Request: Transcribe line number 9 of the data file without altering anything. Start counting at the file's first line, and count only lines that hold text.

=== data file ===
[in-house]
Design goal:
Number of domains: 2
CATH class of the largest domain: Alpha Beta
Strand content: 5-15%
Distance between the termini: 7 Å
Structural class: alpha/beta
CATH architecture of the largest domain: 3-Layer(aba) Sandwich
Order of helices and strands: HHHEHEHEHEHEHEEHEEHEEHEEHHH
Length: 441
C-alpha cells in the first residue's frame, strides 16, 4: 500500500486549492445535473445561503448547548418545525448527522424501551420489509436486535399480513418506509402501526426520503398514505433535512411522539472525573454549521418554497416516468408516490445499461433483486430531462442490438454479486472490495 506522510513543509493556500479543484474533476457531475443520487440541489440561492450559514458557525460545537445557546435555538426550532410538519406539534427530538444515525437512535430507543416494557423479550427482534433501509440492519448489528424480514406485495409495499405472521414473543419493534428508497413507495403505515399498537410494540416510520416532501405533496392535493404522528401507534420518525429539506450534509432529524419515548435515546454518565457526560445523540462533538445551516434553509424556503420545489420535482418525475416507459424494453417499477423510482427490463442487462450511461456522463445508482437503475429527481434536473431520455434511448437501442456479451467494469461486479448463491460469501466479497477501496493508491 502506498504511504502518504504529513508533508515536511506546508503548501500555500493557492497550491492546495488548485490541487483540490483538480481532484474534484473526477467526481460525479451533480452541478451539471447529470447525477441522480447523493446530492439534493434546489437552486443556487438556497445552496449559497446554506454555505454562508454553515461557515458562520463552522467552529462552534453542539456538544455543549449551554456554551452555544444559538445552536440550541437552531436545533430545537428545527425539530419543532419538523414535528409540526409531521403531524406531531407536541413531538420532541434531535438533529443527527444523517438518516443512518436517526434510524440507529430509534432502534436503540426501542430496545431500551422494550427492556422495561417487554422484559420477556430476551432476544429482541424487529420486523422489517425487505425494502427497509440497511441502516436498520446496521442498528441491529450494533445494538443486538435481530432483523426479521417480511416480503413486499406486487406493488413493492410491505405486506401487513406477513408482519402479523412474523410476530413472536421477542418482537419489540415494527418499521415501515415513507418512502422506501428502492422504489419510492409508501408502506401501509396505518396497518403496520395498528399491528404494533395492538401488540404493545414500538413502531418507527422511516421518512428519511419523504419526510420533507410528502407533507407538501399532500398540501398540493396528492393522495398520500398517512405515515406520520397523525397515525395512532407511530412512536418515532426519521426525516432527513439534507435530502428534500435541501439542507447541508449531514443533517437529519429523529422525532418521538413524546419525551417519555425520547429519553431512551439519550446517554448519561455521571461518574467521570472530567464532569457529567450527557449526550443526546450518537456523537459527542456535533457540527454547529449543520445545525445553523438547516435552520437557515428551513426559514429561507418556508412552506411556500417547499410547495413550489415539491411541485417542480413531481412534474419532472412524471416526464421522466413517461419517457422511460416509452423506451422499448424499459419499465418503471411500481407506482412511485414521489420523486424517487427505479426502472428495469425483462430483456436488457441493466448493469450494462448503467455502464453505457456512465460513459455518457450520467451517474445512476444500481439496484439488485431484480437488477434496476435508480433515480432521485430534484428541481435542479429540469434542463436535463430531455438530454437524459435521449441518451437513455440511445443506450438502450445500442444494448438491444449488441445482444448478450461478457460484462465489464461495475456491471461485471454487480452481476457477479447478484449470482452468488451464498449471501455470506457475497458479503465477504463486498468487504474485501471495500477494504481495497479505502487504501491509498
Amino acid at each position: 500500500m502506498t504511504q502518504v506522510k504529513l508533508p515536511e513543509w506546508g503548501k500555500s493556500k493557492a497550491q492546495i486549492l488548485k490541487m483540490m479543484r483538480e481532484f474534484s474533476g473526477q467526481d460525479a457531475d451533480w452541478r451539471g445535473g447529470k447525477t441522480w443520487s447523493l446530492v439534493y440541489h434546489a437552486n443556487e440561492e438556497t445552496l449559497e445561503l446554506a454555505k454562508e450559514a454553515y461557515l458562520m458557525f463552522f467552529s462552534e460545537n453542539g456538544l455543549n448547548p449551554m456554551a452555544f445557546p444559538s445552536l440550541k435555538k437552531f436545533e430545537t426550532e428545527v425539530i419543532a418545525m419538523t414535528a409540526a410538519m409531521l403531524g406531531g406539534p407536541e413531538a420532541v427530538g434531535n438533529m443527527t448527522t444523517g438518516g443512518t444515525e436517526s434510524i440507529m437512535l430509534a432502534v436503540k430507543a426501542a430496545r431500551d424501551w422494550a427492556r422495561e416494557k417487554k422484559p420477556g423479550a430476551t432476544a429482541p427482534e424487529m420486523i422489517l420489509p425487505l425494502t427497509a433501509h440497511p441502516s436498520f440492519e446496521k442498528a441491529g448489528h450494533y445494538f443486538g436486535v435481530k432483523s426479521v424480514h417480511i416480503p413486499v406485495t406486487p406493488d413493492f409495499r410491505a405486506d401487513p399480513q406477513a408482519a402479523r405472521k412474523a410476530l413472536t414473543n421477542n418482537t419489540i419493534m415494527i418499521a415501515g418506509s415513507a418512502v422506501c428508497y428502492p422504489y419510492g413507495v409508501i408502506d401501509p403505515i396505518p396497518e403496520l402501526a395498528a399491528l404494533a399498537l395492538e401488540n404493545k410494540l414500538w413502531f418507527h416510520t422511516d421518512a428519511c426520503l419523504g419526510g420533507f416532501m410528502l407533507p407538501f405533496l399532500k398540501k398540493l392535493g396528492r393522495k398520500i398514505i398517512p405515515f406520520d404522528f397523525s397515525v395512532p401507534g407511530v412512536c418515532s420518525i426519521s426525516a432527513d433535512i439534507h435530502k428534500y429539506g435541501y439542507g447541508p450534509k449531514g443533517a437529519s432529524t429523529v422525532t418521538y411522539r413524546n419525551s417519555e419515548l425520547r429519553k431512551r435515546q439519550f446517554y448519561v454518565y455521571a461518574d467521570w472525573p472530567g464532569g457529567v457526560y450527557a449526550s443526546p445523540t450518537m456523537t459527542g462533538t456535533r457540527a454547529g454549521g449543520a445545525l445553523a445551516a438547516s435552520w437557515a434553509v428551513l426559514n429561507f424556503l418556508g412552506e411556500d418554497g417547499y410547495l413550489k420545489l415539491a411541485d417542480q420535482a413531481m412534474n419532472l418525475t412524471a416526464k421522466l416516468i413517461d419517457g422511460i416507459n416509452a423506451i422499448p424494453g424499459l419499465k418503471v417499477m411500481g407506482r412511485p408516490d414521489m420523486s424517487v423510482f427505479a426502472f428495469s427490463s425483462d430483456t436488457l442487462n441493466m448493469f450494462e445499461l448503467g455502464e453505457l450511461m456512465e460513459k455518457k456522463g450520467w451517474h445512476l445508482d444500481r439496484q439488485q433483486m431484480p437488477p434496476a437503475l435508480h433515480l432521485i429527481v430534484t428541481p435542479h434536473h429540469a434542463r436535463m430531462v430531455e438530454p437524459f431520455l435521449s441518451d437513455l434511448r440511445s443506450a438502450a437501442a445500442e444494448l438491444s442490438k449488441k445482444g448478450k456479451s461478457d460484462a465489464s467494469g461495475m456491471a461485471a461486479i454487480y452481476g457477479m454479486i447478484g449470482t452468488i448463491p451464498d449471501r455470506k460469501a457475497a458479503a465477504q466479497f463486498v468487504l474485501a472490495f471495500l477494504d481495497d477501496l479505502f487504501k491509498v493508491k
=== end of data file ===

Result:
Order of helices and strands: HHHEHEHEHEHEHEEHEEHEEHEEHHH